Originally published on May 26th, 2015

In the wake of Ray McDonald, Colin Cowherd of ESPN ran a great piece this morning on domestic violence. I like listening to him, because he doesn’t just talk about sports but he relates sports to life and some of the more pressing issues. In a world where the media hides much of the truth, I love it when some of the voices we listen to share what’s on their mind when most would feel hard-pressed to do so out of fear of being deemed as someone who isn’t being “politically correct” to not step on anyone’s toes. The problem is that we don’t want to hurt anyone’s feelings. Sometimes you have to call a spade a spade. As Kobe Bryant says, “do you want the guy on your team who is not going to tell you when you have something in your teeth or you want someone to pull you aside and to tell you to take that piece of spinach out of your teeth so you don’t embarrass yourself?”. That only comes with difficult conversations that hurt people’s feelings.

Tim Ferris says this excellent quote:

“A person’s success in life can usually be measured by the number of uncomfortable conversations he or she is willing to have.”

It’s uncomfortable to talk about things like this. I will bring up topics that are uncomfortable, that you may not want to have. Because we NEED to have them in a world that shies away from it. I will sometimes share with you topics that may make you a little tense.

Colin Cowherd said how he understands the concept of second chances, however, you need to set a culture. If he was running the league he would have a zero tolerance policy. If you hit someone, you are done.

When I was younger, I would probably agree with Colin. The older you get in life, the more you realize how flawed you are. Then, you realize everyone is flawed. You also realize that you’ve grown from your mistakes, and other people do as well, but it does require repentance.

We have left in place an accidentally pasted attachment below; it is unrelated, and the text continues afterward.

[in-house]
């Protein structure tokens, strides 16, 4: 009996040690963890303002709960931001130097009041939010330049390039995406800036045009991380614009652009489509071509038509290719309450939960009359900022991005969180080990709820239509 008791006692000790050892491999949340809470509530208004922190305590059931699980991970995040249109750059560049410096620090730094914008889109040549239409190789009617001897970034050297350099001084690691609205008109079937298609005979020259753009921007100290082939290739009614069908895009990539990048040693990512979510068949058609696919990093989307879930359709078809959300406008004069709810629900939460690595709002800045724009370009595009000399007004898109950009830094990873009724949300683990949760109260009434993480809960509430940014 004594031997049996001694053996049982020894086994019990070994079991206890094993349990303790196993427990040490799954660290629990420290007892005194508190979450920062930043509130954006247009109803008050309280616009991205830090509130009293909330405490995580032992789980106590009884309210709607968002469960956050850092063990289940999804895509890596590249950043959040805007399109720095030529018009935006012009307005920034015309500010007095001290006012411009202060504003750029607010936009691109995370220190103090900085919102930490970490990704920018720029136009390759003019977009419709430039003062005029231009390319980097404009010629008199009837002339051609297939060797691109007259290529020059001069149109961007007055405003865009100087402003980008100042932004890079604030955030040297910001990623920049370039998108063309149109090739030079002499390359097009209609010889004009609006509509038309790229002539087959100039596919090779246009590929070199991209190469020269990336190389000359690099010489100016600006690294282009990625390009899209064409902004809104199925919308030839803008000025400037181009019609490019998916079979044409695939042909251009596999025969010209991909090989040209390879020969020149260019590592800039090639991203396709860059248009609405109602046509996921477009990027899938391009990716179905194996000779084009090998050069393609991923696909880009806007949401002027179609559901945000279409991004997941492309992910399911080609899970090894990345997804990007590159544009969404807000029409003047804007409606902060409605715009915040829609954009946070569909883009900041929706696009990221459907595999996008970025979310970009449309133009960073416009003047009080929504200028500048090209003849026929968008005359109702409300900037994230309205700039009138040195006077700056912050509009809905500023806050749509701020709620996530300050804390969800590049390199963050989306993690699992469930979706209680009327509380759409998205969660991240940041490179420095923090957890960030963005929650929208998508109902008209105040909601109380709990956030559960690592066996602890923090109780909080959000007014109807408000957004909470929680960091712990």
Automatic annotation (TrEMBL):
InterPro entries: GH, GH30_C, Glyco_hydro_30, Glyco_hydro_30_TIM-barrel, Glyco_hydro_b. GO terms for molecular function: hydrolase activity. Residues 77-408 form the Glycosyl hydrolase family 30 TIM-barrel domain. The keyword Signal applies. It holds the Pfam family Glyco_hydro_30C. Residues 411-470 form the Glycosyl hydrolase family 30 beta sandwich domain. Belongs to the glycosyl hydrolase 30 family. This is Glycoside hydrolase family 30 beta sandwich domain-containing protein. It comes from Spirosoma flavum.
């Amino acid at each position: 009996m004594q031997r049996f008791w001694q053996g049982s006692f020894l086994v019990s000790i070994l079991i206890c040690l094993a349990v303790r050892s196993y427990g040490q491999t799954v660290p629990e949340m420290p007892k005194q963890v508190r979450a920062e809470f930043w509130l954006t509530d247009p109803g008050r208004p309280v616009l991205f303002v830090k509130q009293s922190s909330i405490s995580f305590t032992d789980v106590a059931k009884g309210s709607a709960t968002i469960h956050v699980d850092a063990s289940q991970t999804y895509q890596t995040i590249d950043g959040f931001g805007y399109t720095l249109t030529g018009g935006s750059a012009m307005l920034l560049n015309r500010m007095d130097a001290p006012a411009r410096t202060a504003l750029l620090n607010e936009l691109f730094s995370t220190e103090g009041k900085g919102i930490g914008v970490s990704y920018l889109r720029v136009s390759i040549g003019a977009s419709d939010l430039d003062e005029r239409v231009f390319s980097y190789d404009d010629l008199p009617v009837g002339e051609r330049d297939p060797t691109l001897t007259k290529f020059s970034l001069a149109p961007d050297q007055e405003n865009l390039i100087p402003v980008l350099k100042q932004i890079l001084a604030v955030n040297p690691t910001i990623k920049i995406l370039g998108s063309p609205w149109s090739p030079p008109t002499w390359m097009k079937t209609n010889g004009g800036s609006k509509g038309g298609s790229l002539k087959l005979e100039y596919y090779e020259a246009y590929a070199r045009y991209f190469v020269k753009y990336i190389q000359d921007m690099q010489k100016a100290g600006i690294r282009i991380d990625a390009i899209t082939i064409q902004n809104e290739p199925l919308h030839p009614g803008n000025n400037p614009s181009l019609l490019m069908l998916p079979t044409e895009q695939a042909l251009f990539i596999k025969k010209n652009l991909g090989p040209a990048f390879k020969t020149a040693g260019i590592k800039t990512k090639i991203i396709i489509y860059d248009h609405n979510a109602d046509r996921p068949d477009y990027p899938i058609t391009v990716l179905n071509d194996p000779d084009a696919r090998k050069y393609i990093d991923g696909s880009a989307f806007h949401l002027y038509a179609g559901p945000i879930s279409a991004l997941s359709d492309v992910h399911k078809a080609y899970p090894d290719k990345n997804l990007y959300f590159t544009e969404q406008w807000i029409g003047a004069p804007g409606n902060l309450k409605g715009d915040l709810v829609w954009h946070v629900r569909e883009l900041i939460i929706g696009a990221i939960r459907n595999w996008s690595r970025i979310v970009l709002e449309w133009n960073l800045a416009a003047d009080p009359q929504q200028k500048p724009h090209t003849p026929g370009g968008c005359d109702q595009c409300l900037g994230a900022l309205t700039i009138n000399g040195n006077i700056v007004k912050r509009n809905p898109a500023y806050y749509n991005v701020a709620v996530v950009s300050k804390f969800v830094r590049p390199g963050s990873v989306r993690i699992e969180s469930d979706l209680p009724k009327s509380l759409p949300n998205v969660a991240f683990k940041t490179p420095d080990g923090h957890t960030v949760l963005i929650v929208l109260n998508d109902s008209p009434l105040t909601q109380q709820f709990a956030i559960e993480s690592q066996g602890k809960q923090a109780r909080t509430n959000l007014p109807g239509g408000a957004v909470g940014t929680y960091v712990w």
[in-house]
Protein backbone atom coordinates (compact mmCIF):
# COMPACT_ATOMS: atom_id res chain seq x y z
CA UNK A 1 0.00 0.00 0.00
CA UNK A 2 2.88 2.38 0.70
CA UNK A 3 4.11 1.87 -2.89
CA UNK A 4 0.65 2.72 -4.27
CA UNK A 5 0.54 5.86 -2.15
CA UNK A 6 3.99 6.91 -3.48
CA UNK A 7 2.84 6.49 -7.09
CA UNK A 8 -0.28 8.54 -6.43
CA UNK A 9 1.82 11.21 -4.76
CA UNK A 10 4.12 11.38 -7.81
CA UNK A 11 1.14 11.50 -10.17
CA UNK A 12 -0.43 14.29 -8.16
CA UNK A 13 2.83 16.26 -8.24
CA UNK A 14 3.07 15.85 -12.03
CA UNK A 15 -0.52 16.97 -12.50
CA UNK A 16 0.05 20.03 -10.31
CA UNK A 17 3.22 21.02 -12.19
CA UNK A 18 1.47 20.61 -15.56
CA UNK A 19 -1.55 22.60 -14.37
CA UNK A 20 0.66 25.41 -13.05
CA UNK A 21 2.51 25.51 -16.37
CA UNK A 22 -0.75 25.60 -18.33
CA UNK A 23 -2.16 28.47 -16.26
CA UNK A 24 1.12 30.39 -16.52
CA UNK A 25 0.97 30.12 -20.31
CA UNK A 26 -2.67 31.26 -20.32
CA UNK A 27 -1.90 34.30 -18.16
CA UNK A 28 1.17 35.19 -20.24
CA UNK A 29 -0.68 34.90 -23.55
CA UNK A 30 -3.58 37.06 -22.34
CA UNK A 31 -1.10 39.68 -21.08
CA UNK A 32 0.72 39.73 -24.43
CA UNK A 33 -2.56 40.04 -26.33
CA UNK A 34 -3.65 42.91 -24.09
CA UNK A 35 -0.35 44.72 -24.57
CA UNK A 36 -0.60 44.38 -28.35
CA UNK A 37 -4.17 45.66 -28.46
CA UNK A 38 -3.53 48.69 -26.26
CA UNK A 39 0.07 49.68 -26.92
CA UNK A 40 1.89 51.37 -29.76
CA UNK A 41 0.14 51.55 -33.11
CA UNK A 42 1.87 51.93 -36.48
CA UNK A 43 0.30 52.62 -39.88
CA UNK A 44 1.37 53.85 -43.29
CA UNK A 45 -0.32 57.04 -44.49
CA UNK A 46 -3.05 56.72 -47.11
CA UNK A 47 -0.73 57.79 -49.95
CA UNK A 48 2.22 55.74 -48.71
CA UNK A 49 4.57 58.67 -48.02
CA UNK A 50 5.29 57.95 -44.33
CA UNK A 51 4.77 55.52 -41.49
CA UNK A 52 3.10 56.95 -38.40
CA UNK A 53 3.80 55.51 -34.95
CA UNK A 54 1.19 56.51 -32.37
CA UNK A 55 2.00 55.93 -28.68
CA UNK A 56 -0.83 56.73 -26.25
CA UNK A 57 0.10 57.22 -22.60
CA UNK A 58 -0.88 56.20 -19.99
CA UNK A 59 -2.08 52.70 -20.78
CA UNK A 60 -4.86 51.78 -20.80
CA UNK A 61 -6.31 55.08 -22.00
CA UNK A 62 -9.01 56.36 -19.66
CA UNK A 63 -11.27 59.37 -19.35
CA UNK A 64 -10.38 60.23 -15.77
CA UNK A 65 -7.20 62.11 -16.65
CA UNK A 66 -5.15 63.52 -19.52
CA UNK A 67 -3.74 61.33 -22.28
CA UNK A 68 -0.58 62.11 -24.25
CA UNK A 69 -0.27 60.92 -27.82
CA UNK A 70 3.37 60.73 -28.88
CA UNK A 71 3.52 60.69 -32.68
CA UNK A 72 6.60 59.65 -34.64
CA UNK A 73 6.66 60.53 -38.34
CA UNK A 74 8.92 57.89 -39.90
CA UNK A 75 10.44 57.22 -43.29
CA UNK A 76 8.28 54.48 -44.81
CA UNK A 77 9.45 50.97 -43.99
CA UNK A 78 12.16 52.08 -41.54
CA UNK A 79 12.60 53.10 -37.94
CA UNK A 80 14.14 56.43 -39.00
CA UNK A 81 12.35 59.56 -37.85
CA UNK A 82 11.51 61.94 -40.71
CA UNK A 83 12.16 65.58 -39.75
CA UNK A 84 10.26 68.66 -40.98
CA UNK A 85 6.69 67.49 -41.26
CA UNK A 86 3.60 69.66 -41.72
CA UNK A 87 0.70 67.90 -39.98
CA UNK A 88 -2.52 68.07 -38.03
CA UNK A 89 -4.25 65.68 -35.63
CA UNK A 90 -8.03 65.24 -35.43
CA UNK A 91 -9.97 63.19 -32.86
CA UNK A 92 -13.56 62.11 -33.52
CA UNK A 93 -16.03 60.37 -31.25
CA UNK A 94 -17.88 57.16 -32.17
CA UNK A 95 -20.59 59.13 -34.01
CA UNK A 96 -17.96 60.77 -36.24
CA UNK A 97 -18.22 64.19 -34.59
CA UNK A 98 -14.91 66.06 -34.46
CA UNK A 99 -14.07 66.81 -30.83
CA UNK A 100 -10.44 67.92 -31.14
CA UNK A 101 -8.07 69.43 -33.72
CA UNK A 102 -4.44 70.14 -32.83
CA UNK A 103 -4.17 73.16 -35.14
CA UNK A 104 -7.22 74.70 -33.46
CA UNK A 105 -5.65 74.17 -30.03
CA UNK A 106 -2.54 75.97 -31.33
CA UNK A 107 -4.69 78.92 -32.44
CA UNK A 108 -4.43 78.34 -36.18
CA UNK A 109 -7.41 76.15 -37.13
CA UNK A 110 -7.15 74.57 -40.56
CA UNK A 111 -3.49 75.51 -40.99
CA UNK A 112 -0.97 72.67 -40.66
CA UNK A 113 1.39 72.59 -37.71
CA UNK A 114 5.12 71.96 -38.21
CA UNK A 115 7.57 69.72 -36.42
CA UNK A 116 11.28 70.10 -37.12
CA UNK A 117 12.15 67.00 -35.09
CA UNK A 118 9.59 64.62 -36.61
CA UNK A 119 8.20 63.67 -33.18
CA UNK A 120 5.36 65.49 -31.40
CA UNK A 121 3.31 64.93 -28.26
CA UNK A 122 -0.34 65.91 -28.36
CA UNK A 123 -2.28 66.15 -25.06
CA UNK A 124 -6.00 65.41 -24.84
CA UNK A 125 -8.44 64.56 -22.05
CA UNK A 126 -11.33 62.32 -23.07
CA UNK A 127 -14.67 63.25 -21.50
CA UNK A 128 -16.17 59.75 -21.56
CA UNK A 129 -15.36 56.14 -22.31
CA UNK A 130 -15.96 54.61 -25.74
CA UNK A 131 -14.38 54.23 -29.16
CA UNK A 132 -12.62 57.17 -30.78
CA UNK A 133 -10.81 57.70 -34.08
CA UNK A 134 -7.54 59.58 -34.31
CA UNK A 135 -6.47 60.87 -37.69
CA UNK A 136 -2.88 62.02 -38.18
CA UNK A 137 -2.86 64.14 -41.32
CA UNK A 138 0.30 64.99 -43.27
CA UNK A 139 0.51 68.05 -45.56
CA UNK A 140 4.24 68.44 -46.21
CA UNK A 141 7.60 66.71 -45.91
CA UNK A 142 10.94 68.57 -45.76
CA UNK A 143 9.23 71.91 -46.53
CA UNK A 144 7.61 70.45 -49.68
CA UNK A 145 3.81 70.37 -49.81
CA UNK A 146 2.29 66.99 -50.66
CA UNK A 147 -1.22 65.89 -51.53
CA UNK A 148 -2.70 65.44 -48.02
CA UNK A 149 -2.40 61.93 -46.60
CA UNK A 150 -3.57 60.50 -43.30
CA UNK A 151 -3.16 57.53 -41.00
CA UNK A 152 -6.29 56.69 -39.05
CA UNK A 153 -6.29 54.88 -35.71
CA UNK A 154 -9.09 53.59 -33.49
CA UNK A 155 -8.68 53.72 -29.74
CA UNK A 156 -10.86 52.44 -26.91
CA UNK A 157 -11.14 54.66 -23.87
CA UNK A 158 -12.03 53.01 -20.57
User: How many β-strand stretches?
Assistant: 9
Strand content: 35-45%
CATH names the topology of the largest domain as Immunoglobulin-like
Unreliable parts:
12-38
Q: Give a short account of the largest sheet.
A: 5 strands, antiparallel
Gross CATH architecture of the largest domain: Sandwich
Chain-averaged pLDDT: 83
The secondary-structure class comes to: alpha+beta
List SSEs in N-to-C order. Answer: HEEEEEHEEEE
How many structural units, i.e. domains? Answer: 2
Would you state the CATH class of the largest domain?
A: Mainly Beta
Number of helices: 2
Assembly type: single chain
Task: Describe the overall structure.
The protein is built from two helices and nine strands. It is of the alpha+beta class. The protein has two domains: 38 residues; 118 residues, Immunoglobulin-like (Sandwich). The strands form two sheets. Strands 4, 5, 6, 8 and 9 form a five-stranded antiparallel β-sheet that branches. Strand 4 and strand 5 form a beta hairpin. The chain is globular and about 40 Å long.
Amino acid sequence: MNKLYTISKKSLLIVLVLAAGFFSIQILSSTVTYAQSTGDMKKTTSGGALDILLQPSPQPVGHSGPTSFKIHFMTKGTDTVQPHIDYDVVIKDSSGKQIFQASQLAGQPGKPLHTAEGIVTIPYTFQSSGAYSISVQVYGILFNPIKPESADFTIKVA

Repentance takes both time and effort.

Do we want people responsible for their actions? Of course and something as bad as hitting someone else, deserves punishment. It is easier to say “that wasn’t who I am” after the fact, but whatever actions we do in life, we ultimately hold responsibility for them. Unfortunately, who you are when we are mad is still us. It’s not the average of who we are and sometimes we go through extraordinary difficulty in life, but we still allow ourselves to reach our low points.

Only G-d can really determine if the punishment on our lives, when we make a mistake, will be as severe as if those actions were done when we were not hurt.

Your peers will ultimately show you the door to your future.

If you grow up around people who think it’s acceptable to live a certain way, you will most likely adopt that philosophy and rationalize how it’s acceptable. When you set a culture that it is not allowed, people will think twice about doing it. The tone must be set, but I do believe in second chances, though that would have to be on a case-by-case basis to know if the person is truly remorseful for their sin.

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